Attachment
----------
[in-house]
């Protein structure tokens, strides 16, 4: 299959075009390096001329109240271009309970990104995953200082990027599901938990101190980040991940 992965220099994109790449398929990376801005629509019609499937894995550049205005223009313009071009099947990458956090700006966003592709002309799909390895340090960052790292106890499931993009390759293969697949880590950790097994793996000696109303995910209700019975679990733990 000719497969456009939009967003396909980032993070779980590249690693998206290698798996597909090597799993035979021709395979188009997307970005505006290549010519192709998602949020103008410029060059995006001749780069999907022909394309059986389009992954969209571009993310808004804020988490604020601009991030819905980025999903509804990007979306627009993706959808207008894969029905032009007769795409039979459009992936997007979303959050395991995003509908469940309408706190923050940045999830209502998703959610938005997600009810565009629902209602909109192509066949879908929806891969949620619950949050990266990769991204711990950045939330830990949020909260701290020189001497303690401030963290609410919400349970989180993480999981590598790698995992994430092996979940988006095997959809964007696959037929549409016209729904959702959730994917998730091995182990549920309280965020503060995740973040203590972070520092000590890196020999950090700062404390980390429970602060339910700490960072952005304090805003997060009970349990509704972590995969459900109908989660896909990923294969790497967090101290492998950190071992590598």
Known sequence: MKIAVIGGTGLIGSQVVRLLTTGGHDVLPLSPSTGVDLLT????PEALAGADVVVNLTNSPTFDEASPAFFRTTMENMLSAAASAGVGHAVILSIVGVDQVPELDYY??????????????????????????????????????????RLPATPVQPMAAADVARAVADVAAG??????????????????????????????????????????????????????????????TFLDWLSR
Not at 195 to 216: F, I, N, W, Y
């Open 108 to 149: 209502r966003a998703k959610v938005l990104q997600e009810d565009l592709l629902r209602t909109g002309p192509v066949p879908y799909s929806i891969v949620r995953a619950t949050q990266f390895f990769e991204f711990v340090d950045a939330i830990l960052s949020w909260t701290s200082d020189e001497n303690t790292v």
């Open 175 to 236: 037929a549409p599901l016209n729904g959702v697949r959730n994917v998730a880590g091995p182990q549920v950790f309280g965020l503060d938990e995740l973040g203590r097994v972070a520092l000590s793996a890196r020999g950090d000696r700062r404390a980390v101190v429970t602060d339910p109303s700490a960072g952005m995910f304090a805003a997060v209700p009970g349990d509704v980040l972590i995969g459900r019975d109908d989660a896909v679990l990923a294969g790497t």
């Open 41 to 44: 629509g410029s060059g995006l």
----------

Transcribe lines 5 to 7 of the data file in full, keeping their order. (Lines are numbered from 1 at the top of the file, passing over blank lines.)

């Open 108 to 149: 209502r966003a998703k959610v938005l990104q997600e009810d565009l592709l629902r209602t909109g002309p192509v066949p879908y799909s929806i891969v949620r995953a619950t949050q990266f390895f990769e991204f711990v340090d950045a939330i830990l960052s949020w909260t701290s200082d020189e001497n303690t790292v």
């Open 175 to 236: 037929a549409p599901l016209n729904g959702v697949r959730n994917v998730a880590g091995p182990q549920v950790f309280g965020l503060d938990e995740l973040g203590r097994v972070a520092l000590s793996a890196r020999g950090d000696r700062r404390a980390v101190v429970t602060d339910p109303s700490a960072g952005m995910f304090a805003a997060v209700p009970g349990d509704v980040l972590i995969g459900r019975d109908d989660a896909v679990l990923a294969g790497t």
């Open 41 to 44: 629509g410029s060059g995006l």